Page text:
Which things are the most important?
Really you don't know very much from an IP address. First thing to note is that an ip address is not the same thing as a user - particularly (and increasingly) with ipv4 addresses. If you've got a significant amount of traffic and identifiable patterns of fraud then you can start building your own reputation database.
Some key points are:
- don't use IP addresses - use netblocks from the whois lookup
- it may be advantageous to differentiate by geography - at least at the country level - there are free lists of net blocks by country
- beware of small networks (up to /10) they are usually servers not end users
- if you've got an authentication mechansim, then track what netblocks individual customers use - apply additional authentication when accessed from a network not seen in the N interactions / the last M weeks for this custmoer
- using reputation services may not have huge benefit - apart from spammer listings, these are usually populated by organisations running services which might be subject to big losses - if you're not running an online banking / payment system then you'll be targeted in a very different way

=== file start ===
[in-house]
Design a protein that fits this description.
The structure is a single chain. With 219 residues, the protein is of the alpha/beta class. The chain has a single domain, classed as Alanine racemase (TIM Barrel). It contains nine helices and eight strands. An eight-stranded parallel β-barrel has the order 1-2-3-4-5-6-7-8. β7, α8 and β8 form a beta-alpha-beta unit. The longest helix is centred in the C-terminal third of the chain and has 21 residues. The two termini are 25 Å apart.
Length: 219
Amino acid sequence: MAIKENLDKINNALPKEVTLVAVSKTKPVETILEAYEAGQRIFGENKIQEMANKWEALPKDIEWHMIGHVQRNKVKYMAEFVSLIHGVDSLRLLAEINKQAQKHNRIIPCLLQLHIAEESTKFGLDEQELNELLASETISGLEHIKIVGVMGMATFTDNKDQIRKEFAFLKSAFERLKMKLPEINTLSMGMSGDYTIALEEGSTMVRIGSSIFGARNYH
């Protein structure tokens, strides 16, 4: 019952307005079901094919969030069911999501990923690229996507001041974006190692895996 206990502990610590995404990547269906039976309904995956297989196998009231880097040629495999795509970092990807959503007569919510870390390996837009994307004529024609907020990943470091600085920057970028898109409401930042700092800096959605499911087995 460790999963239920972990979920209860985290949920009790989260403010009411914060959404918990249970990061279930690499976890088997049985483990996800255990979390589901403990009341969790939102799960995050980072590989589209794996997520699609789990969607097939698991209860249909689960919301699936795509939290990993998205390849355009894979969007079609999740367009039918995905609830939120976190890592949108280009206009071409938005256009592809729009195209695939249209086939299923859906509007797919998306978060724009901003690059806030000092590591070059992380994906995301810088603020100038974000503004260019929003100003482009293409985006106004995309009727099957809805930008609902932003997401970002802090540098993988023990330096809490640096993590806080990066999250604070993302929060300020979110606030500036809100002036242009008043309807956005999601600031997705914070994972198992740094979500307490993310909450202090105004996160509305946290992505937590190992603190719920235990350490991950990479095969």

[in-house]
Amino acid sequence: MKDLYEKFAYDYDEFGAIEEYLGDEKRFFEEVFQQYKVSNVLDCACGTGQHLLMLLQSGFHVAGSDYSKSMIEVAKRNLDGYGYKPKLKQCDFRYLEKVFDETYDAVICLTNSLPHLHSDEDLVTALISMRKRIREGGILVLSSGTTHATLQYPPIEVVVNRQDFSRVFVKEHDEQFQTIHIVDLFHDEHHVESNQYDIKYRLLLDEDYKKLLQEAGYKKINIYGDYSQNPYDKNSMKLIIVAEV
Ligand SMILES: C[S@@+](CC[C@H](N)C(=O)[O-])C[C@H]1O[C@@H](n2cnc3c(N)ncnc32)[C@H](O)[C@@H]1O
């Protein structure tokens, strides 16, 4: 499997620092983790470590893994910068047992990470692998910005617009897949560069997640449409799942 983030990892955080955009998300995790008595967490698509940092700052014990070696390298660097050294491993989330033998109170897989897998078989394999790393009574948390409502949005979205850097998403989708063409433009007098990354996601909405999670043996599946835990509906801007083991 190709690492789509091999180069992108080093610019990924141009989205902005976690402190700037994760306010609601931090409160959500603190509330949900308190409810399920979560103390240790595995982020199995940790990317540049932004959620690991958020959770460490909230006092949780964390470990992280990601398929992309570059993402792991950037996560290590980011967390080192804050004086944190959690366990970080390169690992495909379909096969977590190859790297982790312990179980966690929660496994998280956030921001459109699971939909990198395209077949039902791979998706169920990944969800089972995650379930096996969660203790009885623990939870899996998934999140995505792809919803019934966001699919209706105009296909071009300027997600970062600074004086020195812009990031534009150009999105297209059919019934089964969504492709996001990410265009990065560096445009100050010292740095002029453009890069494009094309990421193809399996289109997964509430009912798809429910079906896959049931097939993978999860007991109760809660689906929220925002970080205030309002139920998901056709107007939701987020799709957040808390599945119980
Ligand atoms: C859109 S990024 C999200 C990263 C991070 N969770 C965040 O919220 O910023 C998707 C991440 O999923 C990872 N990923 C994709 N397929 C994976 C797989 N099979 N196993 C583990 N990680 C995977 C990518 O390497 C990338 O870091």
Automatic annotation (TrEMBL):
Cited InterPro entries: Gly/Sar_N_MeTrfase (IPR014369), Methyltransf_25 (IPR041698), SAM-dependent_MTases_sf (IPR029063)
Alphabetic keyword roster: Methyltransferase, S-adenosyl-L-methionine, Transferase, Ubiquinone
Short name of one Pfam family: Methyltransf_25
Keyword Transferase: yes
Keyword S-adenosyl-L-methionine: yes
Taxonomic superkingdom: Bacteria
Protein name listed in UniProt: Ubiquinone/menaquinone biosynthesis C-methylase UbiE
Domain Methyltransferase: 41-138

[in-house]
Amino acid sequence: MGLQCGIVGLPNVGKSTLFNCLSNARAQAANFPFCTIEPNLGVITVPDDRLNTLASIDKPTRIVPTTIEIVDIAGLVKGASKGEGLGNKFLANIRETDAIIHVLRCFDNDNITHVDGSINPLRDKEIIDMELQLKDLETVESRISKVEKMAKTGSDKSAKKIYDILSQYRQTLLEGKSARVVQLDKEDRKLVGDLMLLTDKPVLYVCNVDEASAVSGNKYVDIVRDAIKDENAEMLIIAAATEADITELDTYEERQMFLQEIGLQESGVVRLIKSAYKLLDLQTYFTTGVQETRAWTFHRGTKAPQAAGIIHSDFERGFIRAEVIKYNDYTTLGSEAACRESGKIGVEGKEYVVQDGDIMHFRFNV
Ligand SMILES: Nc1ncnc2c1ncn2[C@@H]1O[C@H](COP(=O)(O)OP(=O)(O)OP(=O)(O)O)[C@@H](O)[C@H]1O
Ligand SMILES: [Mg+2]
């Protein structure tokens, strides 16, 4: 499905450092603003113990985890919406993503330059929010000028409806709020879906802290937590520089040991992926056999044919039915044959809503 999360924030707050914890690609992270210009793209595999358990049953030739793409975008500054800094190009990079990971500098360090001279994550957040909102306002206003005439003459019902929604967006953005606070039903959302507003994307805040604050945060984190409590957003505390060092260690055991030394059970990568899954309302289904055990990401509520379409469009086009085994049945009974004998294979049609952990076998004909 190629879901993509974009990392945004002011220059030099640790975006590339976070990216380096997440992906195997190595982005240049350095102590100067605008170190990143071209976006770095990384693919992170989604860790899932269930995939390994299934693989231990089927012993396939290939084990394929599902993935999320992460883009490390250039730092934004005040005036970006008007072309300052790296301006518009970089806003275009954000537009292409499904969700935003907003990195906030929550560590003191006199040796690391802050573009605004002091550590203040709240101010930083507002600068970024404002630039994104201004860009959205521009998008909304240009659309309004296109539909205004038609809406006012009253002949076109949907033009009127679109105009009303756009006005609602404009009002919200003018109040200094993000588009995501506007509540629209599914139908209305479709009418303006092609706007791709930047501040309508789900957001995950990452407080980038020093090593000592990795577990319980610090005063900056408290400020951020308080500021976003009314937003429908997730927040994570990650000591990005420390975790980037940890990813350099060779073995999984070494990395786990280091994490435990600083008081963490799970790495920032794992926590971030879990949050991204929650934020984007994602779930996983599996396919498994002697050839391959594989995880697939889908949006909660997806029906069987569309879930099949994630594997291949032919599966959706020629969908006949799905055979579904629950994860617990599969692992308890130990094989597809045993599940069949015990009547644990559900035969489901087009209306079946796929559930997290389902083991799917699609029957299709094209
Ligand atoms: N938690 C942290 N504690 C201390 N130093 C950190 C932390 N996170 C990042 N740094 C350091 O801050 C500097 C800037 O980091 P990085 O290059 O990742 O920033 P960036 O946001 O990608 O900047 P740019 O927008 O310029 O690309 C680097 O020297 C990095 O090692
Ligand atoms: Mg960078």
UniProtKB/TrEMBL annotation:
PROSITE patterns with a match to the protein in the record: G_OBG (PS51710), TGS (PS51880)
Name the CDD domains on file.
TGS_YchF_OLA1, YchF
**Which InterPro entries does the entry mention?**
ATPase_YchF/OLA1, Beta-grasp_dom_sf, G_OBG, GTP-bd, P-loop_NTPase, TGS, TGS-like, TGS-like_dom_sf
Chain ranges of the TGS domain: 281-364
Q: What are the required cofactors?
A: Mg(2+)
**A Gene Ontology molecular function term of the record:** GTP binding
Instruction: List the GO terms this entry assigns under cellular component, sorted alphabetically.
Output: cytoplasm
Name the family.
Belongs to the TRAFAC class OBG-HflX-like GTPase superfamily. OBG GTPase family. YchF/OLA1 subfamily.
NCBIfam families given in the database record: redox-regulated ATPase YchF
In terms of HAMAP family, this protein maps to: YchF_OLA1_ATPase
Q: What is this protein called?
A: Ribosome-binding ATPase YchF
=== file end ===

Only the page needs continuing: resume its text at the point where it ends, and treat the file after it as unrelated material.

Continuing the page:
- use the time (at the client) to determine risk (does customer A usually access the system between, say 11pm and 6am?)
- if possible check the local time on the client matches the expected timezone for the IP address
- watch out for multiple users from the same IP address - once a user has authenticated at an IP address, apply additional checks for the next X units of time for different users from the same IP address
I've not specified exact values for M, N and X - ideally these should be adjustable by network - differentiating between home ADSL/Cable providers, mobile network providers, overseas locations and others.
Track authentication failures - these are your first level of abuse detection.